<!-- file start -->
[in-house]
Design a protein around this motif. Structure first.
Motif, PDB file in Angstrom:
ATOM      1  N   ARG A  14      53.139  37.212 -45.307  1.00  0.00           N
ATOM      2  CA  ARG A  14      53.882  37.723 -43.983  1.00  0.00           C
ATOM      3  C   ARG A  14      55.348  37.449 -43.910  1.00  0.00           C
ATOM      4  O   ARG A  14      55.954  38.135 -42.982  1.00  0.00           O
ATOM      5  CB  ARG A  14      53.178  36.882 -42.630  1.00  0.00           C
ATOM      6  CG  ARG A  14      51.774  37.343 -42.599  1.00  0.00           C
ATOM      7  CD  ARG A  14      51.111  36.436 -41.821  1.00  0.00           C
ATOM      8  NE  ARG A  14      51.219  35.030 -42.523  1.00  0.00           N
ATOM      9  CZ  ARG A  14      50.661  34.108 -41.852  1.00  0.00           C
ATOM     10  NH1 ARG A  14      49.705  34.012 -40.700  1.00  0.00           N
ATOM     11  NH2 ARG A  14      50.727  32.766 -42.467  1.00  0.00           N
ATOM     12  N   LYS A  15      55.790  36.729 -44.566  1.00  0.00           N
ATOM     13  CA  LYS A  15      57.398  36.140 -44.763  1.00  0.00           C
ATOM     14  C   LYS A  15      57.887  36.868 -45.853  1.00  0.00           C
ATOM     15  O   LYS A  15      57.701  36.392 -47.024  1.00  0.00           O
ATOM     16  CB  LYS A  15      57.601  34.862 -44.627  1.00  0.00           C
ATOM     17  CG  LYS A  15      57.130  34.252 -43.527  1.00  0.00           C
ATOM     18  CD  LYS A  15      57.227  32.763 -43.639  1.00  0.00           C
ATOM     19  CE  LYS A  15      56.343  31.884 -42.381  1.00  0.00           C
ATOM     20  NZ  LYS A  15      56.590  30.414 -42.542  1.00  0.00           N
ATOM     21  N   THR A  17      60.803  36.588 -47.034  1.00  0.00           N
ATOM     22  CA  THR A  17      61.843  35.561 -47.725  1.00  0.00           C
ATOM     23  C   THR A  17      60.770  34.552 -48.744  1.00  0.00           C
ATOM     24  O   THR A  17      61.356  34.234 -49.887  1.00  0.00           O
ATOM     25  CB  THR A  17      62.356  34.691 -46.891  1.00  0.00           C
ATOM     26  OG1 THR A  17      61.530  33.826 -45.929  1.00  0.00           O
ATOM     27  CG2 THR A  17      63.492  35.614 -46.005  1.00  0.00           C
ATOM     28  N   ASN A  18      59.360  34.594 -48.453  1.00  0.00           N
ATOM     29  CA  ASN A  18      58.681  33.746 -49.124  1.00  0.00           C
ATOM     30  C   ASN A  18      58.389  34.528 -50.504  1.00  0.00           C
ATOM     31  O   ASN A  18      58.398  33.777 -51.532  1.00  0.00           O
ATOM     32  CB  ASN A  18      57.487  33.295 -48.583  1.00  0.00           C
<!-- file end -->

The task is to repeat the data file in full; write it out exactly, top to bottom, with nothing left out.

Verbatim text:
[in-house]
Design a protein around this motif. Structure first.
Motif, PDB file in Angstrom:
ATOM      1  N   ARG A  14      53.139  37.212 -45.307  1.00  0.00           N
ATOM      2  CA  ARG A  14      53.882  37.723 -43.983  1.00  0.00           C
ATOM      3  C   ARG A  14      55.348  37.449 -43.910  1.00  0.00           C
ATOM      4  O   ARG A  14      55.954  38.135 -42.982  1.00  0.00           O
ATOM      5  CB  ARG A  14      53.178  36.882 -42.630  1.00  0.00           C
ATOM      6  CG  ARG A  14      51.774  37.343 -42.599  1.00  0.00           C
ATOM      7  CD  ARG A  14      51.111  36.436 -41.821  1.00  0.00           C
ATOM      8  NE  ARG A  14      51.219  35.030 -42.523  1.00  0.00           N
ATOM      9  CZ  ARG A  14      50.661  34.108 -41.852  1.00  0.00           C
ATOM     10  NH1 ARG A  14      49.705  34.012 -40.700  1.00  0.00           N
ATOM     11  NH2 ARG A  14      50.727  32.766 -42.467  1.00  0.00           N
ATOM     12  N   LYS A  15      55.790  36.729 -44.566  1.00  0.00           N
ATOM     13  CA  LYS A  15      57.398  36.140 -44.763  1.00  0.00           C
ATOM     14  C   LYS A  15      57.887  36.868 -45.853  1.00  0.00           C
ATOM     15  O   LYS A  15      57.701  36.392 -47.024  1.00  0.00           O
ATOM     16  CB  LYS A  15      57.601  34.862 -44.627  1.00  0.00           C
ATOM     17  CG  LYS A  15      57.130  34.252 -43.527  1.00  0.00           C
ATOM     18  CD  LYS A  15      57.227  32.763 -43.639  1.00  0.00           C
ATOM     19  CE  LYS A  15      56.343  31.884 -42.381  1.00  0.00           C
ATOM     20  NZ  LYS A  15      56.590  30.414 -42.542  1.00  0.00           N
ATOM     21  N   THR A  17      60.803  36.588 -47.034  1.00  0.00           N
ATOM     22  CA  THR A  17      61.843  35.561 -47.725  1.00  0.00           C
ATOM     23  C   THR A  17      60.770  34.552 -48.744  1.00  0.00           C
ATOM     24  O   THR A  17      61.356  34.234 -49.887  1.00  0.00           O
ATOM     25  CB  THR A  17      62.356  34.691 -46.891  1.00  0.00           C
ATOM     26  OG1 THR A  17      61.530  33.826 -45.929  1.00  0.00           O
ATOM     27  CG2 THR A  17      63.492  35.614 -46.005  1.00  0.00           C
ATOM     28  N   ASN A  18      59.360  34.594 -48.453  1.00  0.00           N
ATOM     29  CA  ASN A  18      58.681  33.746 -49.124  1.00  0.00           C
ATOM     30  C   ASN A  18      58.389  34.528 -50.504  1.00  0.00           C
ATOM     31  O   ASN A  18      58.398  33.777 -51.532  1.00  0.00           O
ATOM     32  CB  ASN A  18      57.487  33.295 -48.583  1.00  0.00           C